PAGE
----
Venice celebrates its 1600th anniversary

By | Category: Travel destinations

Throughout the year, until 25th March 2022, the city will organise a series of events and exhibitions to highlight the history, culture and many qualities that make Venice the place we all know, if not from having made a previous visit or dozen but from having seen it in some many films, travel programmes and on posters.

To celebrate 1,600 years in such a cultural and heritage site will produce plenty of events from which to choose.

back to the Rialto I will go this Autumn

But it is also a city that has – and continues to – have disagreements as to its future. Are tourists welcome in pre-pandemic numbers or should there be limits? And what about cruise ships? Should they be allowed so close to a city that is only feet above water at the best of times and partly submerged in the worst?

Earlier this year it was announced cruise ships were to be banned from sailing up the Guidecca to the cruise terminal. But, at the weekend, the MSC Orchestra, a ship of 92,000 tons and being just under a thousand feet in length begins a seven-day cruise from the city.  It will tower above surrounding buildings as it sails down the canal and past St Marks and the Doges palace before heading out the Adriatic Sea.


Why are the Venetian and Italian authorities letting the ship sail when they wanted to stop just a little while ago? Because, we are told, the docks at Maghera are not yet ready to be used as a stopgap until a new shipping terminal is built over the next few years.

That didn’t stop demonstrators being out objecting to the ship sailing down the Guidecca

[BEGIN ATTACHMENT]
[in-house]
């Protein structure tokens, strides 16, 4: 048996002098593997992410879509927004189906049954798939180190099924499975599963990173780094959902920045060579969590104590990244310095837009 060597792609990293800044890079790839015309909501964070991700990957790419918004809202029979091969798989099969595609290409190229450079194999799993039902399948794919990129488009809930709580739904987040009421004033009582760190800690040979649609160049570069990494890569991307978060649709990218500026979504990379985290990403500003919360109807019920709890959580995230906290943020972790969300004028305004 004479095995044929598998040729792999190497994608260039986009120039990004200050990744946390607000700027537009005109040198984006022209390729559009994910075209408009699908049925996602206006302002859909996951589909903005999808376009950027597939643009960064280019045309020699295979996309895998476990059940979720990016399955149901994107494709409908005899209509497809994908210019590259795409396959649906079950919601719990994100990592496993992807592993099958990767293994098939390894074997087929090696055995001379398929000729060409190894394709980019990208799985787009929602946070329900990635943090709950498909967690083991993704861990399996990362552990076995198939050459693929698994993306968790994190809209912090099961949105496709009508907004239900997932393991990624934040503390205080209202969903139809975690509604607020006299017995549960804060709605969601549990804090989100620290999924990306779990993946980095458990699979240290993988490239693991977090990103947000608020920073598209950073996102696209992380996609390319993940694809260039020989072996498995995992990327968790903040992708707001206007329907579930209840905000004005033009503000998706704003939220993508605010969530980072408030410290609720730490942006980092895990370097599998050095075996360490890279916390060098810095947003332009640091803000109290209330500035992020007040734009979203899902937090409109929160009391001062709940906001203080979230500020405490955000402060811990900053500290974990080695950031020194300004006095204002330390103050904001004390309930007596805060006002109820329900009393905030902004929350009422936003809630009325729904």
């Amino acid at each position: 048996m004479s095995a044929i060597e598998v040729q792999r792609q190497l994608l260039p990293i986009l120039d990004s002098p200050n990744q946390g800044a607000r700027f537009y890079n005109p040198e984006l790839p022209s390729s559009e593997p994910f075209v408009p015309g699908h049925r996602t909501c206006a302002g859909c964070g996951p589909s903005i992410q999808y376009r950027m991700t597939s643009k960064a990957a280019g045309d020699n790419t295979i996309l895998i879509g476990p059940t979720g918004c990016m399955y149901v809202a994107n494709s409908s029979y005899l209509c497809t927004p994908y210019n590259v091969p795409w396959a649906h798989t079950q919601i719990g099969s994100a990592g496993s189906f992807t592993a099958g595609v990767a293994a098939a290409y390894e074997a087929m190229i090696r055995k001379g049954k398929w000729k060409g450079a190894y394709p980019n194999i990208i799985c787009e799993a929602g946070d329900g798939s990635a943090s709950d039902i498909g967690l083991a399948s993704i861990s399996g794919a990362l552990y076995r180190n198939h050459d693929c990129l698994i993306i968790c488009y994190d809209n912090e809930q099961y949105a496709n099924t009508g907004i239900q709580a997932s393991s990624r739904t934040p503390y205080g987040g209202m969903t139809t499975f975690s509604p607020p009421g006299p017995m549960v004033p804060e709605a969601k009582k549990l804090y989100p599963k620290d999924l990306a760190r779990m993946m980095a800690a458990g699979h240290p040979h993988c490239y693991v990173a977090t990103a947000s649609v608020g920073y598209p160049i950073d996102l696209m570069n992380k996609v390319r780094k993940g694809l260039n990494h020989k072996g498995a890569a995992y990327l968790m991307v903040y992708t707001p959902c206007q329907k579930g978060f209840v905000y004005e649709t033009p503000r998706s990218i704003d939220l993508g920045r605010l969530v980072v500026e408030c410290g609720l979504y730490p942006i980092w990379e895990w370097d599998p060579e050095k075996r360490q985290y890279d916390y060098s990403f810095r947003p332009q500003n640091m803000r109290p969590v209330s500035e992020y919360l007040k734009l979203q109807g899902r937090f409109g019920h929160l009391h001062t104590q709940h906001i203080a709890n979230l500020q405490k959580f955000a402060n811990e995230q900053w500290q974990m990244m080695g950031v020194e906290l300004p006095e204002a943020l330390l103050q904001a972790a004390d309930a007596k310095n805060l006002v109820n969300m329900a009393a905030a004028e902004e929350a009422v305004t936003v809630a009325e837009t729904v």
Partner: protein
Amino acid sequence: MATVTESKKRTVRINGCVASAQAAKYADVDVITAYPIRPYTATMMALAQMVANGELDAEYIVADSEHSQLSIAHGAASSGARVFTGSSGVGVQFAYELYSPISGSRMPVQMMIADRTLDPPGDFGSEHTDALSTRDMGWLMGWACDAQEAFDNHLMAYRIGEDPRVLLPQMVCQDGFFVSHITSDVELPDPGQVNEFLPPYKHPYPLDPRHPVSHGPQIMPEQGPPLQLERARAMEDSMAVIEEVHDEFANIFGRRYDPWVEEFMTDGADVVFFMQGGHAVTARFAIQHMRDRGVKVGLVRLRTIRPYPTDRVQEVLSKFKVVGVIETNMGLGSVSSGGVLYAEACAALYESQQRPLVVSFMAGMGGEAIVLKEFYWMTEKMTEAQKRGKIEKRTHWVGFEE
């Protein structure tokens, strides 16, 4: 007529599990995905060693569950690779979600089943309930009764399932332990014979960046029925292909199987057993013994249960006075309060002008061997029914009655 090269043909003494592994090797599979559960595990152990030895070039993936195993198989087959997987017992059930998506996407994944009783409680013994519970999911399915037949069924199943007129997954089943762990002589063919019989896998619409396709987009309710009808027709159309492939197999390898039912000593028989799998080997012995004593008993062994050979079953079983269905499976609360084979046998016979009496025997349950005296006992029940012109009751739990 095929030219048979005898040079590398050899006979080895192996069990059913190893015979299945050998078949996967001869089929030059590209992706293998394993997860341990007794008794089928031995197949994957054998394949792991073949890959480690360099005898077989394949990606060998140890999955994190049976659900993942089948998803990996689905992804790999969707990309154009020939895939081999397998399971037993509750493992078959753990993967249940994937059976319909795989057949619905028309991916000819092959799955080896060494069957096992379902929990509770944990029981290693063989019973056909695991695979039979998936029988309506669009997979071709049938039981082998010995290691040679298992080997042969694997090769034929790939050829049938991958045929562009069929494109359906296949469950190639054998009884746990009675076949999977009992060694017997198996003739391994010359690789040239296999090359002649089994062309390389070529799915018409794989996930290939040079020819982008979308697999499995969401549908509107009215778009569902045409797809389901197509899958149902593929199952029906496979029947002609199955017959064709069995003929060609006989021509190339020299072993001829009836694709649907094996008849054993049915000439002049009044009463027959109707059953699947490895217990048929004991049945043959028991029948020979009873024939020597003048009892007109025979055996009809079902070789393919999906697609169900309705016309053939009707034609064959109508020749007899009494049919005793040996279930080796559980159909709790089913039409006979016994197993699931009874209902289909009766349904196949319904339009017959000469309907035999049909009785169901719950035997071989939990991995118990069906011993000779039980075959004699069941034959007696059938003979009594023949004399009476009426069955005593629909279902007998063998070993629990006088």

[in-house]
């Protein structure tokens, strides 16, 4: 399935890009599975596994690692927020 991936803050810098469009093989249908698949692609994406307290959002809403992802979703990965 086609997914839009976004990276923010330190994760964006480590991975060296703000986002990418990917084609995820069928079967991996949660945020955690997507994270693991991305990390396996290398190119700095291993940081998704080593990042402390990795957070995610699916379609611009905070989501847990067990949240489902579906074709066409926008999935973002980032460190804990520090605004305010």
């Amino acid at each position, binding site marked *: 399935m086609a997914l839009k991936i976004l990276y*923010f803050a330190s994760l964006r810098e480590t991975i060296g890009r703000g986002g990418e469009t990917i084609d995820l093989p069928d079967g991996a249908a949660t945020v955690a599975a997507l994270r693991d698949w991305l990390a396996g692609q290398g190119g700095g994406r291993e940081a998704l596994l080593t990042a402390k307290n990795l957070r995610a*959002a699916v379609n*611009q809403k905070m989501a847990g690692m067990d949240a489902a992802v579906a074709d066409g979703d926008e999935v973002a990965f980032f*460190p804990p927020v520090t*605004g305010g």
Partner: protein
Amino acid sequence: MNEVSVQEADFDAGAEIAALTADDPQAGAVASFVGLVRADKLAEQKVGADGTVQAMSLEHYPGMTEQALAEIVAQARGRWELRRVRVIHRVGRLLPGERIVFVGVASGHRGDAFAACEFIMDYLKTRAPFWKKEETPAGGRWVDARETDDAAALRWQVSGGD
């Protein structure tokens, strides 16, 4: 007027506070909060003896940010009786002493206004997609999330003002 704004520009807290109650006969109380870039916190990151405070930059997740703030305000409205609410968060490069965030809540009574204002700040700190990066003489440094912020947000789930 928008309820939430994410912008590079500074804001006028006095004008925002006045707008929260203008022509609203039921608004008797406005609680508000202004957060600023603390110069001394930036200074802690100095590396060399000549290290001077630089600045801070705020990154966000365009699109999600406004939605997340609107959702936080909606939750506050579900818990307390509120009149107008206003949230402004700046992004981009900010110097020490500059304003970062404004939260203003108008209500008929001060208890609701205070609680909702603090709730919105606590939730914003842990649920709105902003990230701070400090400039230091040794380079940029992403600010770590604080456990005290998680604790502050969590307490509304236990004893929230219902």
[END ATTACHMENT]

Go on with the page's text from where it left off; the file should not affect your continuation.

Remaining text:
and St Marks and the Doge’s Palace

Later in the month MSC Magnifica will also sail from the city as will others over the next few months.

a cruise ship leaving the Guidecca at dusk in 2015, the last time I was in Venice

Cruise ships – sadly missed by the tourism dependent city for the economic impact they have on the city – are too important to do away with yet, so there has been muted criticism of the decisions to allow cruise ships to sail.

As Venice welcomes back tourists, other intended introductions such as limits on numbers at peak times will in the busiest tourist attractions may also be vacillate in the winds of economic re-growth.

And I for one want to go and see a Venice for the first time in five years after a period when I was there almost every year for almost twenty. So I will probably be contributing to the tourism strain that usually has locals annoyed and officials vexed about control.

How hypocritical am I who writes of tourism pollution in Venice but then plans to visit it this Autumn?   

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